China & India Face Off at Key Geopolitical Intersections in the Month of July
The “mere one-decade lag” between the two Asian economies has now become a “fifteen-year lead” for China.
The First of July, Two Thousand and Twenty-One (1 July 2021), is a seminal date for China and India. One hundred years ago, the Chinese Communist Party was formed in Shanghai. Thirty years ago, India threw off its socialist yolk to embrace a free-market economy.
I borrow heavily from earlier writings and muse about key geopolitical intersections for these giant, truculent Asian neighbours.
China’s Expansionism, India’s Pacifism, Their Different Economic Destinies
China and India’s destinies converged, for a fleeting moment in history, in the late 1940s. The British parliament passed the Indian Independence Act, 1947, and royal assent was granted to free India from colonial rule on 15 August 1947. Barely over two years later, on 1 October 1949, Mao founded the People’s Republic of China at a massive rally in Beijing.
But history’s tangential moment was all too brief. China became a totalitarian state. India became a parliamentary democracy. Once again, these ancient civilisations were flung apart. The British would often pompously describe their rule as one which ‘civilised’ India. In contrast, China’s colonial history was far more turbulent under several rapacious rulers, without an ‘institutional osmosis’.
Did centuries of wars and strife make China’s leaders (and segments of the population) vengeful and expansionist? As against this, did the largely non-violent character of India’s independence movement reinforce pacifism? Did such contrarian impulses also permeate and influence their economic destinies?
China’s “Escape Velocity” Into Superpower Orbit
Tomes have been written about how Deng transformed China’s economy. In my book Superpower? The Amazing Race Between China’s Hare and India’s Tortoise (Penguin Allen Lane, 2010), I have postulated the “escape velocity” model, boosted by two engines borrowed from Soviet Union and Japan. I shall attempt to summarise my theory in a few lines. Using the extortion power of communism, China extracted massive surpluses through the 1970s-90s:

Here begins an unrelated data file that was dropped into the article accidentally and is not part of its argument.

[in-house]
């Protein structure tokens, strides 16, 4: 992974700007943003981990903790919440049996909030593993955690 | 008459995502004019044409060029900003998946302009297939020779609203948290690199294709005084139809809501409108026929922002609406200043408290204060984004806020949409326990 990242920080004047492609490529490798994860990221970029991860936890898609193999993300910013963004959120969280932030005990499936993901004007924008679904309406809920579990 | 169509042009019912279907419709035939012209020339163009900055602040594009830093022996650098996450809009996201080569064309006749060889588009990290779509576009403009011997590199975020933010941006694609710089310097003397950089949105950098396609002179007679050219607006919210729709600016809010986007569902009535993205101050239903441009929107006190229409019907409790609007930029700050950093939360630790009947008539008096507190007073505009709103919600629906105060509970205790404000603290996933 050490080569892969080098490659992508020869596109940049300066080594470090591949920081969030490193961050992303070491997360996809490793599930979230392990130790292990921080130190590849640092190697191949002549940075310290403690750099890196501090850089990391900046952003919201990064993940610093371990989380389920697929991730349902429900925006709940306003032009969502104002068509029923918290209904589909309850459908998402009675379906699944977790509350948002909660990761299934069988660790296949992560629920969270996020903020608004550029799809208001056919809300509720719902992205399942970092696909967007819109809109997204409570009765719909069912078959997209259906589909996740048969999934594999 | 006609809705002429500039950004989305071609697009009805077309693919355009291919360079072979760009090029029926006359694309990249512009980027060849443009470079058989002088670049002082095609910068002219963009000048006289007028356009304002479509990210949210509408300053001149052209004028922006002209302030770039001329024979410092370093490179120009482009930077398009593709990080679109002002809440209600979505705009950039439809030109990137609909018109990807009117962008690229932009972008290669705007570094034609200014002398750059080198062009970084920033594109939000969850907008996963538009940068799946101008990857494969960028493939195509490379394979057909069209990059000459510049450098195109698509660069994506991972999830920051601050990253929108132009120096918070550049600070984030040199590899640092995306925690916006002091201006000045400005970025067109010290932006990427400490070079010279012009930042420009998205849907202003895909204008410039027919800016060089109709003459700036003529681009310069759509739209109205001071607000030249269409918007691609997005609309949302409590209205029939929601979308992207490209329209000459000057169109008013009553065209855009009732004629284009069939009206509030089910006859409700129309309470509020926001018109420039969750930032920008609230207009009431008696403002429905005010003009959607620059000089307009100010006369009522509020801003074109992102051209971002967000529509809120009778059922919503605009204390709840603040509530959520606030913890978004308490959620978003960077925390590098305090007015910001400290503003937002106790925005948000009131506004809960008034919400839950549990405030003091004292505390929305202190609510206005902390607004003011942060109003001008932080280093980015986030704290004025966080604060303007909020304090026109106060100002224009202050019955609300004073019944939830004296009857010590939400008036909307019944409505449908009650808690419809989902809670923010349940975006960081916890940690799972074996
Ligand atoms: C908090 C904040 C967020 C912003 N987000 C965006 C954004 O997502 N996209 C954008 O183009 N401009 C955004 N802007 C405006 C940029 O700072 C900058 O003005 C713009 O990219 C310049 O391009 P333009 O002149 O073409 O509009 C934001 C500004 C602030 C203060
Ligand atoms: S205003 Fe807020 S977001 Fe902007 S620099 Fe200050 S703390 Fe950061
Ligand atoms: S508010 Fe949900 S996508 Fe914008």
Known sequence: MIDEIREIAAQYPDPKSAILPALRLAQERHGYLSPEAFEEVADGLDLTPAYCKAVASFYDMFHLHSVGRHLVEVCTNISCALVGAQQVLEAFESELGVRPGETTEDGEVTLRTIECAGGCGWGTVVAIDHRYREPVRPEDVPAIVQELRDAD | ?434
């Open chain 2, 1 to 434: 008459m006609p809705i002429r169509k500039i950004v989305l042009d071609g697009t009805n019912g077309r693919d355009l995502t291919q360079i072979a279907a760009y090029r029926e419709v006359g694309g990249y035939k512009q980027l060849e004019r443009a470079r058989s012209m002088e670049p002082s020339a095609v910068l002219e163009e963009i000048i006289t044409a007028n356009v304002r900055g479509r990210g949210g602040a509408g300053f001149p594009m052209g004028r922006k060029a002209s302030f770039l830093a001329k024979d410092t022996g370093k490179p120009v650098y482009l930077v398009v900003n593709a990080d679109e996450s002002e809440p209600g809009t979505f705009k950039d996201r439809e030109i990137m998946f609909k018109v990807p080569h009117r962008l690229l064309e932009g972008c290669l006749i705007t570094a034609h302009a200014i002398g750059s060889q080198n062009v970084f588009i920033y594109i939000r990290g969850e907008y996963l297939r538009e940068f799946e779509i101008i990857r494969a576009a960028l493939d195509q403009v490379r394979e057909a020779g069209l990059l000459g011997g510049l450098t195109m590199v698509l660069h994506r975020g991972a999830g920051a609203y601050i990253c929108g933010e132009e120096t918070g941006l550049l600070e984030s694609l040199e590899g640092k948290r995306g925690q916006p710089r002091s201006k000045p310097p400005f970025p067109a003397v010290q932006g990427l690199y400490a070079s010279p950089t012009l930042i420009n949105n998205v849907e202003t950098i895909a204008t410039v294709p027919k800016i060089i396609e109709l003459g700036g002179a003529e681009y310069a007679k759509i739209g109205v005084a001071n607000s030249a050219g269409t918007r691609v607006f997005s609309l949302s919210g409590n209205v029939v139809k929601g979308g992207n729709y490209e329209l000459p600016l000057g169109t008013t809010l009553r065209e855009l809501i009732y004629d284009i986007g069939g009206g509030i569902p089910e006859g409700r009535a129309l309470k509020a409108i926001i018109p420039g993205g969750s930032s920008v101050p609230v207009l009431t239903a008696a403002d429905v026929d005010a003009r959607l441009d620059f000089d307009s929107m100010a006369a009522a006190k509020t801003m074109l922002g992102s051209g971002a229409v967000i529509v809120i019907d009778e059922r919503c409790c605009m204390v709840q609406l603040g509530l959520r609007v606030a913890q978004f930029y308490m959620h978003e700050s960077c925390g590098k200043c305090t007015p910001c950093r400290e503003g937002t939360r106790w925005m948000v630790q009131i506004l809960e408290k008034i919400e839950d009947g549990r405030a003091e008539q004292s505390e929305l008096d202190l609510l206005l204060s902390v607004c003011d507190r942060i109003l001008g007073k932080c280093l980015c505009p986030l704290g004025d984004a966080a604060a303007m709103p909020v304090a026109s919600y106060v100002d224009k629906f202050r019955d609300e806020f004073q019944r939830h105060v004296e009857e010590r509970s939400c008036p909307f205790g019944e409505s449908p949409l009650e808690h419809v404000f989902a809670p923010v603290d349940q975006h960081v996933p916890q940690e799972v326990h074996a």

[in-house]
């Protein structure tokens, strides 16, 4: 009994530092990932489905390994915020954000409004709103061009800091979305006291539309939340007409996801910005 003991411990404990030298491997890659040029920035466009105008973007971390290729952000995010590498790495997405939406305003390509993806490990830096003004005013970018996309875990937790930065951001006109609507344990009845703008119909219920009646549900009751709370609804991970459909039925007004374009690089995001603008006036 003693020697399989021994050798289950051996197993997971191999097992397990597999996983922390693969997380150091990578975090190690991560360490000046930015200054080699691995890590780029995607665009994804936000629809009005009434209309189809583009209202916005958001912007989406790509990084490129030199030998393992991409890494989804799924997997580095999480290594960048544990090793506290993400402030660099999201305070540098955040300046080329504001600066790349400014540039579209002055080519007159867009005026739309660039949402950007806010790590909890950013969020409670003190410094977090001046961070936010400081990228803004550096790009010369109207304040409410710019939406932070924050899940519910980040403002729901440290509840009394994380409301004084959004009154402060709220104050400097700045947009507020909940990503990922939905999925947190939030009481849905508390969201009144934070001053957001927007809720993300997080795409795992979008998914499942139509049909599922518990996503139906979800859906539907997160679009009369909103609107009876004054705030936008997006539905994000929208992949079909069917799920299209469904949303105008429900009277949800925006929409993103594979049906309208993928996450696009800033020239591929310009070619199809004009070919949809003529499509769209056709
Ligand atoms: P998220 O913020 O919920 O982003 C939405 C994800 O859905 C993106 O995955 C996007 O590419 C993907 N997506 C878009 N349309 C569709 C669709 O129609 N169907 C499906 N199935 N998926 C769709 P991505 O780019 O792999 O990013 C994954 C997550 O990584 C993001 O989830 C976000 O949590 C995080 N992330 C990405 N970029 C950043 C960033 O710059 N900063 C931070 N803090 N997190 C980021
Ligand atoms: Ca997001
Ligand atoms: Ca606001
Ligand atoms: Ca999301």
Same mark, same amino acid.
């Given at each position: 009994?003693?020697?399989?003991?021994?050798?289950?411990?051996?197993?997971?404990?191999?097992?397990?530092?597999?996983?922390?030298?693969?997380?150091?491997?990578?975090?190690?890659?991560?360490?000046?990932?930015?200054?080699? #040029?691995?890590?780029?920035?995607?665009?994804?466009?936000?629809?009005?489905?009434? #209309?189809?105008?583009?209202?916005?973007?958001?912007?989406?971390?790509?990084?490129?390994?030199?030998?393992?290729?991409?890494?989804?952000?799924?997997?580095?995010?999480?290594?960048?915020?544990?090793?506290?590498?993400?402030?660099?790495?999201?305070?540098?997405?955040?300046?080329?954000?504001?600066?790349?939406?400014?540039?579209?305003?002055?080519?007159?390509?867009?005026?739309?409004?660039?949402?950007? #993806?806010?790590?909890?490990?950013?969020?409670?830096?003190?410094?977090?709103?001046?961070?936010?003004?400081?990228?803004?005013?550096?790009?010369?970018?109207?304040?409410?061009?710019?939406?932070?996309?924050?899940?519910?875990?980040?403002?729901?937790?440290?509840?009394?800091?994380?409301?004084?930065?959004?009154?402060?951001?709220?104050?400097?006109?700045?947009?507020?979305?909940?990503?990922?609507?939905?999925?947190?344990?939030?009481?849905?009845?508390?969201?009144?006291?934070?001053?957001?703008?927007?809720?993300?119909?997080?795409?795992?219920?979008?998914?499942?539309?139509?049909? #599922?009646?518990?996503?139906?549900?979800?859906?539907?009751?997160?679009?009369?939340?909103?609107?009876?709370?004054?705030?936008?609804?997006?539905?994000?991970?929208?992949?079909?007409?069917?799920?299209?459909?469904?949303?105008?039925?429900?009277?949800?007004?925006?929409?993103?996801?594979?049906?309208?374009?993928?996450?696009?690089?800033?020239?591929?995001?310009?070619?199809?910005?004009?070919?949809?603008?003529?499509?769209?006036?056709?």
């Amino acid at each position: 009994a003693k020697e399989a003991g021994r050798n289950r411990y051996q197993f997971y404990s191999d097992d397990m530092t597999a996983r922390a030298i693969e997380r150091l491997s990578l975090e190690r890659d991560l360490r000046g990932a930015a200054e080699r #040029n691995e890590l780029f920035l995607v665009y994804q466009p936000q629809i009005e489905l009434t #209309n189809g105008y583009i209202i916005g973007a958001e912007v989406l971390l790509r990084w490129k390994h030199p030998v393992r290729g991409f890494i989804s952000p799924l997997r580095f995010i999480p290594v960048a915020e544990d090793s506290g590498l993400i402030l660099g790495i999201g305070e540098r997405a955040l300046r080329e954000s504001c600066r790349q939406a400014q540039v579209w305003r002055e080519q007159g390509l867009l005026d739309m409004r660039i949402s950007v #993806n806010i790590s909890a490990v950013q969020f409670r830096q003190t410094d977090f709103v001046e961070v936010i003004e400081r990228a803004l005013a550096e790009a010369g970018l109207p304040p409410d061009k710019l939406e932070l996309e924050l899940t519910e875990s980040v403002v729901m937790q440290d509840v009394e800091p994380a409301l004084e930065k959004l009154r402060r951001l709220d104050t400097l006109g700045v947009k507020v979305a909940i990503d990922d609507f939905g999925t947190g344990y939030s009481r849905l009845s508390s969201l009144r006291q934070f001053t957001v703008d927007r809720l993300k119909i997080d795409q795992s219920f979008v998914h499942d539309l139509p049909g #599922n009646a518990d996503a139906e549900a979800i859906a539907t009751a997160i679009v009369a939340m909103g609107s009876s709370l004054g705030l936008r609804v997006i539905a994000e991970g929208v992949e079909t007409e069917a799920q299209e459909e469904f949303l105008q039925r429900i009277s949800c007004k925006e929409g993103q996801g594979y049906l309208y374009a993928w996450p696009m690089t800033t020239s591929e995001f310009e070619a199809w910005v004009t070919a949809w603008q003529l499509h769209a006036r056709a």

From farmers, by expropriating their land at throwaway prices
From workers, by keeping wages at sub-human levels
From consumers, by keeping the yuan artificially low against the US dollar
This surplus extraction was on a scale as epic as Stalinist Russia. But then Deng sprung a twist in the tale. Unlike the Soviets, he borrowed a leaf from the Japanese economic revolution, throwing China open to foreign trade and investment. Deng used his “communist surplus” to invest in physical assets and social infrastructure on a scale hitherto unknown to mankind.
At one stage, China was investing nearly half – I will say that again – almost 50 percent of its GDP in infrastructure. He also used a good part of the surplus to woo foreign investors with cheap land, labour, and currency to become the “factory of the world”. The more the westerners exported from China, the greater the surplus they accumulated in the mainland because of the artificially depreciated yuan.
That, in a nutshell, is how Deng Xiaoping created China’s “escape velocity”, riding on twin Soviet-Japanese engines, roaring its way to prosperity and awesome power.
India’s Crisis-Induced Trade & Investment Reforms